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Your special needs child can be arrested at school

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With the rise of school resource officers (police officers) in public schools, students with disabilities such as autism can find themselves under arrest for assault should they have an outburst or meltdown.

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The problem with arrest is that while the school may dismiss the charge, the legal system cannot.

If your child has a disability that includes the need for a behavioral plan, make sure it's in place and being followed.

Because of the Health Insurance Portability and Accountability Act (HIPAA) and the Family Educational Rights and Privacy Act (FERPA), there are specific rules about how much information a school can share with a school resource officer (SROs) without parental written permission. However, if a school official deems a situation as involving "serious threat to health or safety," the school can release any information without a signed release.

To avoid arrest, parents must be proactive and talk with the School Resource Officers, and even invite them to the IEP meetings when discussing Behavior Intervention Plans and goals. It's also a good idea to have the officer meet the child and develop a relationship with them so the officer sees them as a person, not a threat.

In her paper, Manifestation Destiny: the School to Prison Pipeline, Educational Attorney, Isabel Raskin writes:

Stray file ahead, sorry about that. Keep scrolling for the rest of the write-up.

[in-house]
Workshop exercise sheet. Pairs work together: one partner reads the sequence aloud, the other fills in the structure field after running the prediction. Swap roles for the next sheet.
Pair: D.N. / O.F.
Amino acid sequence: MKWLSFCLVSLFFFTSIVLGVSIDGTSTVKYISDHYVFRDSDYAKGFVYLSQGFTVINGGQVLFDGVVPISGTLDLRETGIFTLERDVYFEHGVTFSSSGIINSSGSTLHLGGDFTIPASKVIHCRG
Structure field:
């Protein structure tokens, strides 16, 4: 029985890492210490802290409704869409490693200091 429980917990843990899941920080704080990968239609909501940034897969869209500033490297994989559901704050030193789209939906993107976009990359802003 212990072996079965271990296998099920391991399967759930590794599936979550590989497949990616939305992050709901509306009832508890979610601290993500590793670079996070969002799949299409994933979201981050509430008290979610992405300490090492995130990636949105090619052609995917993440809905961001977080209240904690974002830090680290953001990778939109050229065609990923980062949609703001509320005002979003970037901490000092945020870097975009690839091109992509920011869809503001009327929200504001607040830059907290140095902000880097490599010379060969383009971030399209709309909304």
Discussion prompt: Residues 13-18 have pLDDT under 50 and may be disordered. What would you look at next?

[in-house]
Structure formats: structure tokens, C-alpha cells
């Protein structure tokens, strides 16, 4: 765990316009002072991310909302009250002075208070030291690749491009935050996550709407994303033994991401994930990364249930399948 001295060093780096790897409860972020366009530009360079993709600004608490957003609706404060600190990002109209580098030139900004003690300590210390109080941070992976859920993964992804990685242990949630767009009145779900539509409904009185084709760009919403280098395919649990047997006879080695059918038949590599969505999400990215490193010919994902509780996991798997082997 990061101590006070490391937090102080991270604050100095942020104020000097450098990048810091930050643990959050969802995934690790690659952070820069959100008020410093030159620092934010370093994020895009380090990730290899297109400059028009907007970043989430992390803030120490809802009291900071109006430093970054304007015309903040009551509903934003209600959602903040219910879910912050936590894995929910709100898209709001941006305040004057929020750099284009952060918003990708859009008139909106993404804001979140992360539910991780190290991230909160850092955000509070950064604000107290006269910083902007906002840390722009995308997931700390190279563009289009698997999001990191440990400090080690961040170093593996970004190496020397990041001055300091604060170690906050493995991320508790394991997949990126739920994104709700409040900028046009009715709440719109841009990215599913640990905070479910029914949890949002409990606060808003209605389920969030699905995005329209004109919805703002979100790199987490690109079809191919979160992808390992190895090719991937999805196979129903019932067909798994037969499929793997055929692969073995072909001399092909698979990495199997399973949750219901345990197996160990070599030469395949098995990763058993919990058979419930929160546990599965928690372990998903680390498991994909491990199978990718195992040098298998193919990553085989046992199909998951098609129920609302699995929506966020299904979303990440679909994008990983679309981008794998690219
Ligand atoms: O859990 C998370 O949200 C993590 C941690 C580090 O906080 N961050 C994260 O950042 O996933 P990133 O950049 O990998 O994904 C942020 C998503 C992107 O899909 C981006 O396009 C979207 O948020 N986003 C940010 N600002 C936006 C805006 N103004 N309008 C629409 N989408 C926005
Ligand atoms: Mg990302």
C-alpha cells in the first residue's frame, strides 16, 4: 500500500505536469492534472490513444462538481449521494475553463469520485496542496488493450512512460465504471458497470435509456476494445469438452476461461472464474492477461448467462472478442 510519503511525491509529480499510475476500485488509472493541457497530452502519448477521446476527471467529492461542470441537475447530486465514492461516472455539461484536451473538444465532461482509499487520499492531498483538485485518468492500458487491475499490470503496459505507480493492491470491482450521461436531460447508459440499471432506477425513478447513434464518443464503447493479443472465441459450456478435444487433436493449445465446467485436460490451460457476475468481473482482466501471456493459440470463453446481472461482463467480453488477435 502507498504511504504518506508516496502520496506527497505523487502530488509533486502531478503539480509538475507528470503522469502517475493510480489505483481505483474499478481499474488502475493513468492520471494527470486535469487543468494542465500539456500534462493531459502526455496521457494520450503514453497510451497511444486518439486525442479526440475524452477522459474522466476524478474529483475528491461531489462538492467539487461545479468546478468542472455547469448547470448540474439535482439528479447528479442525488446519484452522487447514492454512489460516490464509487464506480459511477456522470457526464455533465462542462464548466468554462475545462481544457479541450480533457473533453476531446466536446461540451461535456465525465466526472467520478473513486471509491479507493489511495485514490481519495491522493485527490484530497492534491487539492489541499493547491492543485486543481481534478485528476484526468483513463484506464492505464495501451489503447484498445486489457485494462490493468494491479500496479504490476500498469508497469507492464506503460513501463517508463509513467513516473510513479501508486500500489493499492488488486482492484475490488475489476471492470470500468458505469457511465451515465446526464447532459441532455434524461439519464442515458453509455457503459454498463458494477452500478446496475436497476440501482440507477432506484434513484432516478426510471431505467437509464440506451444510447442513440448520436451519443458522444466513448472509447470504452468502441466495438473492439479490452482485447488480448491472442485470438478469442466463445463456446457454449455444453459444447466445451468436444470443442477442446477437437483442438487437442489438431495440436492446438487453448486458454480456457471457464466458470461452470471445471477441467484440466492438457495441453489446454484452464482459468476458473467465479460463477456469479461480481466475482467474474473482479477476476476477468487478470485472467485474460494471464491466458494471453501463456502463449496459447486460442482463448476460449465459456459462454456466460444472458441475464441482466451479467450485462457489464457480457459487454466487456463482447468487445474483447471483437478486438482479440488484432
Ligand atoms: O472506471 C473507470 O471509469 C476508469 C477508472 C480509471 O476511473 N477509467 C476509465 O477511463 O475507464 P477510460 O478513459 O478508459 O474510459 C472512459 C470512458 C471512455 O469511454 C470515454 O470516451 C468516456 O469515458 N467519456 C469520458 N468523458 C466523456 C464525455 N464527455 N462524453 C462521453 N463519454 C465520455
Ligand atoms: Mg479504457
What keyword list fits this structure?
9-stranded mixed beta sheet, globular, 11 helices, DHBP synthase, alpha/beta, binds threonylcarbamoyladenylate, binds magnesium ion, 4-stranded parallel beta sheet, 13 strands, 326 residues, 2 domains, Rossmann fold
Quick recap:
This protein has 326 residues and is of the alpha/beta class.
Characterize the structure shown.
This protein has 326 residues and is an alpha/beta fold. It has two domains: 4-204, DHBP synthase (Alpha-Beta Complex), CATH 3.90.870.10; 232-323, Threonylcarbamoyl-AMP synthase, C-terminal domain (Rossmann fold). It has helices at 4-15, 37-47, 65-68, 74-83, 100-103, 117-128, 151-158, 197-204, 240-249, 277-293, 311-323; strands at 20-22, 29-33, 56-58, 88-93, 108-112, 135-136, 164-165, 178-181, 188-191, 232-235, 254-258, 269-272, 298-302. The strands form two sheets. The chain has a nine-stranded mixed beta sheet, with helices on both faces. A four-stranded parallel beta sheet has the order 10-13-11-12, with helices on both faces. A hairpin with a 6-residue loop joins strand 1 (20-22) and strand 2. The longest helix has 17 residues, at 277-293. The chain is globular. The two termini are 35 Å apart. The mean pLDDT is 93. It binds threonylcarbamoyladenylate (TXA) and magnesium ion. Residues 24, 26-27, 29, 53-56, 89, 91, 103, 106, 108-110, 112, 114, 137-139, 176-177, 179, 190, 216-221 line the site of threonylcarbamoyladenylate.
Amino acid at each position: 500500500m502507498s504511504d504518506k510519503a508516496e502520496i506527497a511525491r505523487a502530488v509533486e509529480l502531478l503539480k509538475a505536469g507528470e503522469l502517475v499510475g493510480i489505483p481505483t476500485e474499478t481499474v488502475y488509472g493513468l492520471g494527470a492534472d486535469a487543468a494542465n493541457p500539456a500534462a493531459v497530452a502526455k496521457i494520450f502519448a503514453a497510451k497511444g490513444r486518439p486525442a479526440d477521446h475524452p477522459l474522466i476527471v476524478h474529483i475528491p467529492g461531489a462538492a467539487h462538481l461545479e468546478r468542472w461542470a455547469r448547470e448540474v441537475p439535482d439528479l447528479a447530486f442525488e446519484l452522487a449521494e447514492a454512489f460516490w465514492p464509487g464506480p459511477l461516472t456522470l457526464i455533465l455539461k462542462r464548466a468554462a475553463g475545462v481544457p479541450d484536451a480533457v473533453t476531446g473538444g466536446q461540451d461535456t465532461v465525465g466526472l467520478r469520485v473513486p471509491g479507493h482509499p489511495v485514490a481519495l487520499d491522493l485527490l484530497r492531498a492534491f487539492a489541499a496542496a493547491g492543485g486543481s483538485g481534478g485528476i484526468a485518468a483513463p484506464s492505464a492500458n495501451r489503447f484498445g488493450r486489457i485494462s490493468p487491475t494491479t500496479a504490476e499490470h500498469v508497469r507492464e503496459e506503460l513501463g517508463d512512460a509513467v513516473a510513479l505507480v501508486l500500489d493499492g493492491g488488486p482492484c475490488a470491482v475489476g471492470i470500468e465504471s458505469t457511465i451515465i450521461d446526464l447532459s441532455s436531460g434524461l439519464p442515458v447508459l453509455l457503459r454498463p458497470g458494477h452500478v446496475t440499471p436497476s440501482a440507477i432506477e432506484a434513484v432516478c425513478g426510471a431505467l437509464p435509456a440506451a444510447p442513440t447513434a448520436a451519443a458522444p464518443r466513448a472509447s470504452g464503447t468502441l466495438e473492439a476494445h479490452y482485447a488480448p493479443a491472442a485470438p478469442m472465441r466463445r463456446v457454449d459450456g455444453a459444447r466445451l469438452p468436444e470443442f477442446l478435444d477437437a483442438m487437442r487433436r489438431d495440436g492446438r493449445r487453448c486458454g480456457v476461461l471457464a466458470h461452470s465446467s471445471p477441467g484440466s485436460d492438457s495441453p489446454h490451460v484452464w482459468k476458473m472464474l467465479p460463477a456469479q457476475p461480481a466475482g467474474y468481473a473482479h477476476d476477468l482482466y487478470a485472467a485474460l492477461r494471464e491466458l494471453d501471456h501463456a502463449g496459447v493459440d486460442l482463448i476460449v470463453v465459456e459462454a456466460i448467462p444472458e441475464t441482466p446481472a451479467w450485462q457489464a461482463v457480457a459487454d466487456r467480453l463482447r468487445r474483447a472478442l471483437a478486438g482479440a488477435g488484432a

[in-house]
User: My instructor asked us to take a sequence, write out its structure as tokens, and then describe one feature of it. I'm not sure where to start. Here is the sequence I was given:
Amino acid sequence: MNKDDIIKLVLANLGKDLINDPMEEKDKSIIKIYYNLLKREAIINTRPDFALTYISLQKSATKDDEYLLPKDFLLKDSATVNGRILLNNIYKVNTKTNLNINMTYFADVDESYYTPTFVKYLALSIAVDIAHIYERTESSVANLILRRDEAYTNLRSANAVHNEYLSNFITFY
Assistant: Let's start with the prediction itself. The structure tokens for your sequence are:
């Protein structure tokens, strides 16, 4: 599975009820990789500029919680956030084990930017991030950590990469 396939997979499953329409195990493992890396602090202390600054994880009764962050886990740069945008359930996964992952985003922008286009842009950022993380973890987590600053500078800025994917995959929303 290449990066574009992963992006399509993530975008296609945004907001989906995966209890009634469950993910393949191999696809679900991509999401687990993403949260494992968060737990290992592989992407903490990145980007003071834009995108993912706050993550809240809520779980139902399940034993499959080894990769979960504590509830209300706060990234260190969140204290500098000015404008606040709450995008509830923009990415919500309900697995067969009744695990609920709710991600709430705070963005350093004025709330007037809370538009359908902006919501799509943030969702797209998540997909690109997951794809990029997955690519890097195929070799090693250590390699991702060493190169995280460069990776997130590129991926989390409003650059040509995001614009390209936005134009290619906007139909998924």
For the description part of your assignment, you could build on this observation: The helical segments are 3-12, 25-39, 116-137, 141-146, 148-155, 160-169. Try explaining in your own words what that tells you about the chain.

"The inability of courts and administrative agencies to dismiss criminal charges brought by schools against disabled children whose needs the school has failed to adequately serve in violation of special education laws and regulations, rewards schools for ignoring or purposely disregarding children's needs and their mandate to meet those needs. Schools need to be held accountable and should not be allowed to use juvenile courts to unilaterally exclude and punish children for precisely those foreseeable behaviors caused by their own failures. Inviting courts to step in effectively provides an incentive to schools to abrogate their responsibility, criminalize disabled children, and continues to insure that disabled children will be denied the services they require to have a successful future."

Parents must be proactive and up to date on laws that govern their child's rights. The knee-jerk, nervous reactions of schools in today's climate of preventing school violence, makes it imperative to avoid damaging the futures of students with disabilities.



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